Had all gone according to plan, I would have spent today interviewing saxophonist Ed Wiley Jr. for a profile scheduled to run in the Oct. 10 Sunday paper. But that story was, alas, overtaken by events. Instead, I had to write an obituary, which will appear in Wednesday's paper. Here it is...
Ed Wiley Jr., a saxophonist who was a key player in the early history of rock 'n' roll, passed away Monday night in Garner. He was 80 years old and died after falling Sunday, striking his head and slipping into a coma.
Wiley moved to Garner in February to be with his son, Ed Wiley III, after living in Philadelphia for many years. He had begun performing around the Triangle recently, including a regular monthly gig at The Mint restaurant in downtown Raleigh.
"There were a lot of good things happening," his son said Tuesday. "He was just very happy. We'd been urging him to move down, away from the ice and traffic. He'd had some health problems associated with being so heavy. But we changed his diet and he'd lost 80 pounds since February. He was doing great."
The elder Wiley's musical history stretches back more than 60 years, to the dawn of the rock era. A native of Houston, he was a contemporary of King Curtis, Illinois Jacquet and other blues musicians who helped r&b and blues evolve into rock 'n' roll.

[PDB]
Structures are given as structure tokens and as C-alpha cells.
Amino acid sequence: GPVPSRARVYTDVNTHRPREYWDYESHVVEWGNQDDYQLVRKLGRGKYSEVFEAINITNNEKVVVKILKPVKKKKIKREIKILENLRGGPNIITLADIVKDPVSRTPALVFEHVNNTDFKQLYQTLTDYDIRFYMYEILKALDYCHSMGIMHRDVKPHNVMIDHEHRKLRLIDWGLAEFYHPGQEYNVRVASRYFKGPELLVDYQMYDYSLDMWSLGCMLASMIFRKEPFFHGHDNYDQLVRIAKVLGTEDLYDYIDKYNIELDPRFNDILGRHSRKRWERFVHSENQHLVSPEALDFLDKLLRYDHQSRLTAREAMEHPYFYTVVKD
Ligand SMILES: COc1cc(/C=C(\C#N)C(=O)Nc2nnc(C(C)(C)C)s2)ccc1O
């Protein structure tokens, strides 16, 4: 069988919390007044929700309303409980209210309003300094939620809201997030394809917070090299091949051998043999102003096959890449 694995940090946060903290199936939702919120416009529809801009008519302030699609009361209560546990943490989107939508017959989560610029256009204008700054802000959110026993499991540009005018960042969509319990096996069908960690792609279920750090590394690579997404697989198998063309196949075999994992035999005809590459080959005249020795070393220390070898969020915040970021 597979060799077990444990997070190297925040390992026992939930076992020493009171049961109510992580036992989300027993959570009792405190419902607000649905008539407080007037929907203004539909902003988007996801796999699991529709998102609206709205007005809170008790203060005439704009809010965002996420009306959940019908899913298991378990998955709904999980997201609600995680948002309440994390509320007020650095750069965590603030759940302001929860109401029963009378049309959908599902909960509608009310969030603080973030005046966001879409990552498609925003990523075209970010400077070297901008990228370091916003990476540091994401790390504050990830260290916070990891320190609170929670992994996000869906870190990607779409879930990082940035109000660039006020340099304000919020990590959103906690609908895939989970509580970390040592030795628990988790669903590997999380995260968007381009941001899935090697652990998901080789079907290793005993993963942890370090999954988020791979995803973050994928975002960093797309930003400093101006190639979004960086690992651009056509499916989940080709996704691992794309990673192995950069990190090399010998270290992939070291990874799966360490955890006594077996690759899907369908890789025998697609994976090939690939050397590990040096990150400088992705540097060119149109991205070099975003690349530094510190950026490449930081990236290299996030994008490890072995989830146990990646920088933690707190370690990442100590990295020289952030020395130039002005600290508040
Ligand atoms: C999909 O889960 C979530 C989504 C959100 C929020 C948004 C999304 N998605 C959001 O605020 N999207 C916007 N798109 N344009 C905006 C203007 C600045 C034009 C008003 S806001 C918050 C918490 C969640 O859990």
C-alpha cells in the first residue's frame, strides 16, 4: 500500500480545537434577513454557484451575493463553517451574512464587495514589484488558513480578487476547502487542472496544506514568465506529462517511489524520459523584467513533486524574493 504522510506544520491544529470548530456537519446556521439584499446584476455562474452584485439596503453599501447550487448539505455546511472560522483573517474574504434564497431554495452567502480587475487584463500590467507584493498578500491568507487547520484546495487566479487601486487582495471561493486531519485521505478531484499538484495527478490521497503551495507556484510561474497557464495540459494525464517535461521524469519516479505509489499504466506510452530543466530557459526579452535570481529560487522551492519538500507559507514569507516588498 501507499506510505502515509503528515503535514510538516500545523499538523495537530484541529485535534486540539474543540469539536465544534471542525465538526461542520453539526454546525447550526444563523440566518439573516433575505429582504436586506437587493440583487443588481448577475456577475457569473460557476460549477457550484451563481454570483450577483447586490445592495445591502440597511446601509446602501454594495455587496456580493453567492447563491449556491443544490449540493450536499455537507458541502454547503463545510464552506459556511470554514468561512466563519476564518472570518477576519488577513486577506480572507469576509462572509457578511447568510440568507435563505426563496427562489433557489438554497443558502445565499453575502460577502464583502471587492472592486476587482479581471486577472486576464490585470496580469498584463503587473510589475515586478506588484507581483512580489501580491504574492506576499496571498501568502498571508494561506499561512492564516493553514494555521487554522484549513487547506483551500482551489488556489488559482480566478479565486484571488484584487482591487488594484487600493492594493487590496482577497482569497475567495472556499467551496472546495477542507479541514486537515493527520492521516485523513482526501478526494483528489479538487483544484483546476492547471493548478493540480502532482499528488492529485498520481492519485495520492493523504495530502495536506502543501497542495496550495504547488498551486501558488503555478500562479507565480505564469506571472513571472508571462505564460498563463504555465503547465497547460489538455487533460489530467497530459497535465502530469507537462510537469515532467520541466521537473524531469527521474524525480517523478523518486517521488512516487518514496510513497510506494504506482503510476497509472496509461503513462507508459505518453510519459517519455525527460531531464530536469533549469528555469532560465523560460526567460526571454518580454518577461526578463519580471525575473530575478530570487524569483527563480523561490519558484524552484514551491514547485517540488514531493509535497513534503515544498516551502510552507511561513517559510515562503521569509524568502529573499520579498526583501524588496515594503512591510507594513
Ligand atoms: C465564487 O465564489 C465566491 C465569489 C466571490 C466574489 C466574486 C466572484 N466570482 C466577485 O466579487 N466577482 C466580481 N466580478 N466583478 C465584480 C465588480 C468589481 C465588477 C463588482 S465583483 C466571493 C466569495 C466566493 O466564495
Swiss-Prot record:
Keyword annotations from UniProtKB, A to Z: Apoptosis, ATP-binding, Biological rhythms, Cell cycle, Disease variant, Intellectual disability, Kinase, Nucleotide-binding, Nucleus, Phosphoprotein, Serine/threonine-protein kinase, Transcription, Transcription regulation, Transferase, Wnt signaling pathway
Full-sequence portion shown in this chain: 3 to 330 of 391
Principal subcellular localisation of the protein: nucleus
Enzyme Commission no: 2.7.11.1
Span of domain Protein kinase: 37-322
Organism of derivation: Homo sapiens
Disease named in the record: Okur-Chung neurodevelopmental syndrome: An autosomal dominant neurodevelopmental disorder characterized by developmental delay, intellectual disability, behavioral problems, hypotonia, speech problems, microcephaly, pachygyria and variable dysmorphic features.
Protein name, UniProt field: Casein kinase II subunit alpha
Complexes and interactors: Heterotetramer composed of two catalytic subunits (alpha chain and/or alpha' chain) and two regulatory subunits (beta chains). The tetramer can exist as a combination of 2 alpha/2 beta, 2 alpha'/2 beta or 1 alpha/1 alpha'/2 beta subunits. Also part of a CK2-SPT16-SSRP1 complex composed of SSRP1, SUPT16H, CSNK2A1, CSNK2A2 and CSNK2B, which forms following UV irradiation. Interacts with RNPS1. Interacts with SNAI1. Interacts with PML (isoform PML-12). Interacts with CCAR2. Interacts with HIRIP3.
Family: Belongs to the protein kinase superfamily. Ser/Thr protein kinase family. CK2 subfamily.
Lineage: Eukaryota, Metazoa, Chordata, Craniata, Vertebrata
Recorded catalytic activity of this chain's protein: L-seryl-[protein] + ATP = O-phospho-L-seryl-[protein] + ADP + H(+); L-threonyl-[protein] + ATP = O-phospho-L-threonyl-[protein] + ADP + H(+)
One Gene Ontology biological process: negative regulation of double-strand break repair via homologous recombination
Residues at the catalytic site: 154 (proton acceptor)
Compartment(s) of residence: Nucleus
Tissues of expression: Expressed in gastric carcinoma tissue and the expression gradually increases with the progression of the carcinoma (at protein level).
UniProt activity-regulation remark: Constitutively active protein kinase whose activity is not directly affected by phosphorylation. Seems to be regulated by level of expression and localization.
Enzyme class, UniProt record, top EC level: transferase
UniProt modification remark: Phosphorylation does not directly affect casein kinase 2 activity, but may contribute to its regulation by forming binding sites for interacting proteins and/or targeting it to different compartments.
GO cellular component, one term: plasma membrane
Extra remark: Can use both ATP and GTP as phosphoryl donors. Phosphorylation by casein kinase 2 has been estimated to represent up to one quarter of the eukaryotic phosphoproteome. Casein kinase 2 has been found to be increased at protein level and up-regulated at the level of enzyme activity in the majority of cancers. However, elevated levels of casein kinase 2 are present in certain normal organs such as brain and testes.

Wiley had hits of his own, most notably "Cry Baby Cry" (a No. 3 hit in 1950). He also played with everybody from jazz-blues guitarist Clarence "Gatemouth" Brown to r&b singer Teddy Pendergrass over the years, remaining much in demand.
"His tenor-sax voice was very distinctive," said Mike Gillispie, a photographer and flutist from the Washington, D.C., area who often played with Wiley. "You could hear it on the jump blues he was recording 60 years ago, and just last week when he was gigging around down there."
For many years, music had to take a backseat to family responsibilities as Wiley worked as a machinist and raised six children. But as his children grew to adulthood, Wiley began to refocus on music again.
In later years, Wiley was playing more jazz and gospel. A 1995 album, "In Remembrance," featured musicians from Dizzy Gillesipe, Wynton Marsalis and Cab Calloway's bands. It drew widespread acclaim, including a write-up in USA Today that called Wiley "jazz's comeback kid."
Up to the very end, Wiley's sound on his instrument remained distinctive and instantly recognizable. Michael Peay, another musician and longtime friend, remembered the last jam session they had as a stellar musical event.
"He was one of the last of his genre of pure, strong-voice sax players with a sound so bluesy, yet soulful," Peay said. "He could interpret the feeling of a tune, the soul and the nucleus of what it was trying to say, with such feeling. Each song was a blank palette, and his duty was to fill that in with some of the most thoughtful, soulful, aesthetic beauty you could imagine."
Funeral services are set for 11 a.m. Friday at Poplar Springs Christian Church in Garner. Burial will follow immediately after.